Weight was measured on a digital electronic scale. Height was measured using a tape measure permanently fixed to a wall or door frame. BMI was calculated as follows: BMI = weight (kg)/height (m 2).
The data were tabulated and analyzed with the statistical package for the social science (SPSS, version 11, IBM SPSS inc., Chicago.IL, USA), using a personal computer. Qualitative data were expressed as number and percentage and analyzed using the χ2-test. Quantitative data were expressed as mean ± SD and analyzed using the t-test.
| Results|| |
The present study included 306 primary school children. The prevalence of obesity and overweight among them was 19.6%. They were further classified into class 1 (overweight) (11.7%), class 2 (obese) (43.3%), and class 3 (severe obese) (45%) ([Table 1]).
|Table 1 Distribution of the studied participants regarding their body mass index and its Z-score class|
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Prevalence of obesity in the older age group of 10–12 years was higher than that in the lower age group of 6–9 years. Prevalence of obesity among the female participants was significantly higher (24.7%) than that among male participants (14.2%). Obesity prevalence among urban residents (22.1%) was significantly higher than that among rural residents (11.3%), and prevalence in children from families with high income (22.4%) was significantly higher than that in children from families with low income (9.2%). Other sociodemographic data such as parent education and parent occupation were studied but were not significant ([Table 2]).
|Table 2 Comparison between obese and nonobese participants regarding their sociodemographic characteristics|
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Obesity was significantly higher in children with a positive family history of obesity (27.3%) than in those with a negative family history (14.6%) ([Table 2]).
The total caloric intake (TCI) in the obese group was significantly higher than that in the nonobese group. Basal and resting metabolic rates (BMR and RMR) in obese children were significantly higher than those in nonobese children (P < 0.001) ([Table 3]).
|Table 3 Comparison between obese and nonobese participants regarding energy measurements|
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The prevalence of obesity was significantly higher among children with intake of fast food more than three times per week (81.2%) than in those with intake less than three times, and was significantly higher among those who take high-calore snacks like sweets or chips (30.9%) than in those who take low-caloric snacks like vegetables and fruits (13.3%). Obesity was highly significantly more among those who take soft drinks more than three times per week (56.3%) than among those who take it less than three times (6.6%) ([Table 4]).
|Table 4 Comparison between obese and nonobese participants regarding their answers to healthy and unhealthy food habits|
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The prevalence of obesity among children who exercise for less than 2 h per day was significantly higher (34.6%) than that in those who exercise for more than 2 h (8.9%) ([Table 5]).
|Table 5 Comparison between obese and nonobese participants regarding duration of rest and exercise|
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| Discussion|| |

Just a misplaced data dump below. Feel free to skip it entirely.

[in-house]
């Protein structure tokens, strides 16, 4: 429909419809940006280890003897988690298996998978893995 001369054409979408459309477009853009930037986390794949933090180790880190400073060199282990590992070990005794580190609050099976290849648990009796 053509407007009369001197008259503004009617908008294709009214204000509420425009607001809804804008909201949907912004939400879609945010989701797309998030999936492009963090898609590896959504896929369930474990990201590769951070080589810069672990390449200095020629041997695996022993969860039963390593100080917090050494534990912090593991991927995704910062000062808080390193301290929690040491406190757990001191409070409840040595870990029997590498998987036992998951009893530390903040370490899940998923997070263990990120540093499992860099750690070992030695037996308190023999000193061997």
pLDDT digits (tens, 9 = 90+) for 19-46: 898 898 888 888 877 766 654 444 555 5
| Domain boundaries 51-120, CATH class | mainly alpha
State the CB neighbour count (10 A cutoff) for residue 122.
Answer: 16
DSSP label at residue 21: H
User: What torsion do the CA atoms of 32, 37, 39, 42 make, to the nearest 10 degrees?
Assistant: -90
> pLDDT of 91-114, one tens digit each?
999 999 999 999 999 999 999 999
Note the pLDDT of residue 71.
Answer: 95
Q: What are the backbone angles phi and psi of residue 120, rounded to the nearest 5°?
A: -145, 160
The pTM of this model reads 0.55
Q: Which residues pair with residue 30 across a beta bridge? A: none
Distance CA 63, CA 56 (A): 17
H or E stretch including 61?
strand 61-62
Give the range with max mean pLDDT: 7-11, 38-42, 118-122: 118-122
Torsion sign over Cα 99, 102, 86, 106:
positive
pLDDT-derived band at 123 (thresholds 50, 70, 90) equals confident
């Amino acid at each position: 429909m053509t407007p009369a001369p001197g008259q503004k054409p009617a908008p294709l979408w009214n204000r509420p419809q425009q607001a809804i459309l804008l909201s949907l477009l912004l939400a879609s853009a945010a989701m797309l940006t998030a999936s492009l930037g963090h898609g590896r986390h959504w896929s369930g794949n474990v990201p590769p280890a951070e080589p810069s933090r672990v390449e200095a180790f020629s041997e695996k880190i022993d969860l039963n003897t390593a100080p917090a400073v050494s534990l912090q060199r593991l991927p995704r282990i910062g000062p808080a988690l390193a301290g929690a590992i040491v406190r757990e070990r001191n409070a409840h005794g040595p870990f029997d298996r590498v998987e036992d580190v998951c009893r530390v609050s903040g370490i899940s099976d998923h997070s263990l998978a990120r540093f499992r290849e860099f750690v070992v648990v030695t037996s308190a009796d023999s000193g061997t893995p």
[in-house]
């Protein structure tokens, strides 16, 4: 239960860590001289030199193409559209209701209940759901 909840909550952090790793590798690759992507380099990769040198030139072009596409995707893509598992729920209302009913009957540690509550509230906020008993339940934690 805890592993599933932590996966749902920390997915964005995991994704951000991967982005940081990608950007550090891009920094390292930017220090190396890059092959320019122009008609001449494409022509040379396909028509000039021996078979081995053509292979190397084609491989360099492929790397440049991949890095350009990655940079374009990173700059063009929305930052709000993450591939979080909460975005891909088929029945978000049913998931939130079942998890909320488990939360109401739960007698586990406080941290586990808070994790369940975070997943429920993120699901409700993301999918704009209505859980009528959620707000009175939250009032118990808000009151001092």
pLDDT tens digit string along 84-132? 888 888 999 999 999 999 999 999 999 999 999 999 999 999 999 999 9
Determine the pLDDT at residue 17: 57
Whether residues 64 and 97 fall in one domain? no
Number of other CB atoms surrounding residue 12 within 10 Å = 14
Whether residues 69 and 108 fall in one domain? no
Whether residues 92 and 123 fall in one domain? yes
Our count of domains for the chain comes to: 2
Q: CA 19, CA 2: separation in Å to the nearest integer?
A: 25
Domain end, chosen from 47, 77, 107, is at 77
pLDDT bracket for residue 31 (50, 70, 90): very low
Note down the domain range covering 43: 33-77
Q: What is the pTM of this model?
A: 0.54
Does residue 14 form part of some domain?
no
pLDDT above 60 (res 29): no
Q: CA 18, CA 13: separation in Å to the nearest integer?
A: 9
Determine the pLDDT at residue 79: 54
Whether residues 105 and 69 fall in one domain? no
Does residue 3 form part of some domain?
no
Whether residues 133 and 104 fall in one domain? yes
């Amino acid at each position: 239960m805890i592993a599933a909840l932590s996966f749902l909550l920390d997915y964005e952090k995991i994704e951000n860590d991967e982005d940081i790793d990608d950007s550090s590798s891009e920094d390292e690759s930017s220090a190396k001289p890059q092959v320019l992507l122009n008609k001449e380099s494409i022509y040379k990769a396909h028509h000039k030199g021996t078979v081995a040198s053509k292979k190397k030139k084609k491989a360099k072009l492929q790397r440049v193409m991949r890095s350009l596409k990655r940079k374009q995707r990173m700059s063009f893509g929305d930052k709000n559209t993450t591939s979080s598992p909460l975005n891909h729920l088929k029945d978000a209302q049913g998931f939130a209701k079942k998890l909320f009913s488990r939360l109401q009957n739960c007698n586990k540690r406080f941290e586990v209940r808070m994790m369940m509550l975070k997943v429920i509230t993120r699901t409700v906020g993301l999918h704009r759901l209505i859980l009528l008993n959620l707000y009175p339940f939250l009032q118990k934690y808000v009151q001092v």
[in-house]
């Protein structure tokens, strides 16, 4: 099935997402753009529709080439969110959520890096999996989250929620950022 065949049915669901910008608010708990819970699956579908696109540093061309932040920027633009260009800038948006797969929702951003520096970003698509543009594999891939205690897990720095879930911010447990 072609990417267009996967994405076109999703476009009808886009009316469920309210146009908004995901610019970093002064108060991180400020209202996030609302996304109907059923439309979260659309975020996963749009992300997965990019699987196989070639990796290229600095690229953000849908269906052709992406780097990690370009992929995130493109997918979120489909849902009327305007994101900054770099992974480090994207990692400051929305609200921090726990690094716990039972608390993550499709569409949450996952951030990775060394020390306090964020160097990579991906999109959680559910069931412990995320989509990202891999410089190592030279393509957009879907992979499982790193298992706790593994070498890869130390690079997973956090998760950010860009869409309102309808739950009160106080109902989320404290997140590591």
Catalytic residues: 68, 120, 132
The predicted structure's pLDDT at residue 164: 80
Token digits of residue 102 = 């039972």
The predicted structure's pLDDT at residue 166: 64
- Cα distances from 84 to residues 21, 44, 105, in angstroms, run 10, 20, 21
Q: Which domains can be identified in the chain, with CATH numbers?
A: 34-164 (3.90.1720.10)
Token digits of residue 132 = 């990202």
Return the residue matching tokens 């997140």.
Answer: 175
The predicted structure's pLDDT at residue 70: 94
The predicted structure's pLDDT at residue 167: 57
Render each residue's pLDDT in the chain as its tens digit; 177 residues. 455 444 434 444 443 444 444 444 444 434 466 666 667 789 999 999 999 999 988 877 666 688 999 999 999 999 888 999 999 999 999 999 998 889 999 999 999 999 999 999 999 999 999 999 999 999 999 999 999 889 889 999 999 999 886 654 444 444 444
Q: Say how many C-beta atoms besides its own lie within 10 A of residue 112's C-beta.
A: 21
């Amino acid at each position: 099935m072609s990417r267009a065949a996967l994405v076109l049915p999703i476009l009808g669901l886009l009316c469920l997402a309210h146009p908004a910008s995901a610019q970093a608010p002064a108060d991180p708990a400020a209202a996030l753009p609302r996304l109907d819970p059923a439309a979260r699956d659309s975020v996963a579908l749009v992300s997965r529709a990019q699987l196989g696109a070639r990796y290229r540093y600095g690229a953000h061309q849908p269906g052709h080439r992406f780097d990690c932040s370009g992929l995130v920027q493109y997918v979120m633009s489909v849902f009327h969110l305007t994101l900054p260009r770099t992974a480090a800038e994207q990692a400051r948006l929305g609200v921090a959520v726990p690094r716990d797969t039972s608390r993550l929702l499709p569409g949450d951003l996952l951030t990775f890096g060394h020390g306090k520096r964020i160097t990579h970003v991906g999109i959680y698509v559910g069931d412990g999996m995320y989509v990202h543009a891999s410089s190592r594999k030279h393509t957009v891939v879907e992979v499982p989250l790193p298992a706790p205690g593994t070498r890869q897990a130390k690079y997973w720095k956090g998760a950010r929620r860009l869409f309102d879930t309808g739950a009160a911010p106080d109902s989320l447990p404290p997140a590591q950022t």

One of the most important developments in pediatrics in the past two decades has been the emergence of a new chronic disease – obesity – during childhood and adolescence .
In this study, the prevalence of obesity was 19.6%. The prevalence of overweight and obesity in this study was higher than that reported in a previous Egyptian study by Hafez et al. , which showed a prevalence of 11% among children of governmental schools in Cairo. Among the 306 participant children we found the prevalence of overweight and obesity among girls to be significantly higher than that among boys. This could be due to reduced activity levels of girls in the school and outside. This finding is in agreement with those of most previously conducted studies in Egypt, which showed a significant increase in female percentage of obesity compared with boys ,. In contrast, Abou Ghazy et al.  found that the prevalence of obesity among 7–15-year-old Egyptian school children living in Qalubia was higher among boys than among girls. The different age groups between the two studies might be the cause of the different results.
Regarding BMI Z-score classes we found that the percentage of overweight and obesity among the total participants in the urban center was significantly higher than that among rural children. This could be explained by the variation in the diet between urban and rural children. This finding concurs with that of Jackson et al. , who compared the relationship between body weight body image in a convenience sample of rural and urban girls in Egypt. Using the Centers for Disease Control and Prevention reference standards, it was found that overweight was more prevalent in urban girls than among rural girls and in those with higher income than in lower-income girls.
It was found that children from families with sufficient income have significantly more positive deviation from mean BMI for age Z-score compared with other children (P = 0.018). The results of the present study were consistent with those of Abou Ghazy et al. , who found that obesity in Qalubia is more among the high socioeconomic classes, which may be explained by the excessive intake of processed meat, processed cheese, rice, artificial juices, and soda drinks (coca) among high-income classes in addition to more idle hours at home playing video and computer games and watching television advertisements of fattening food.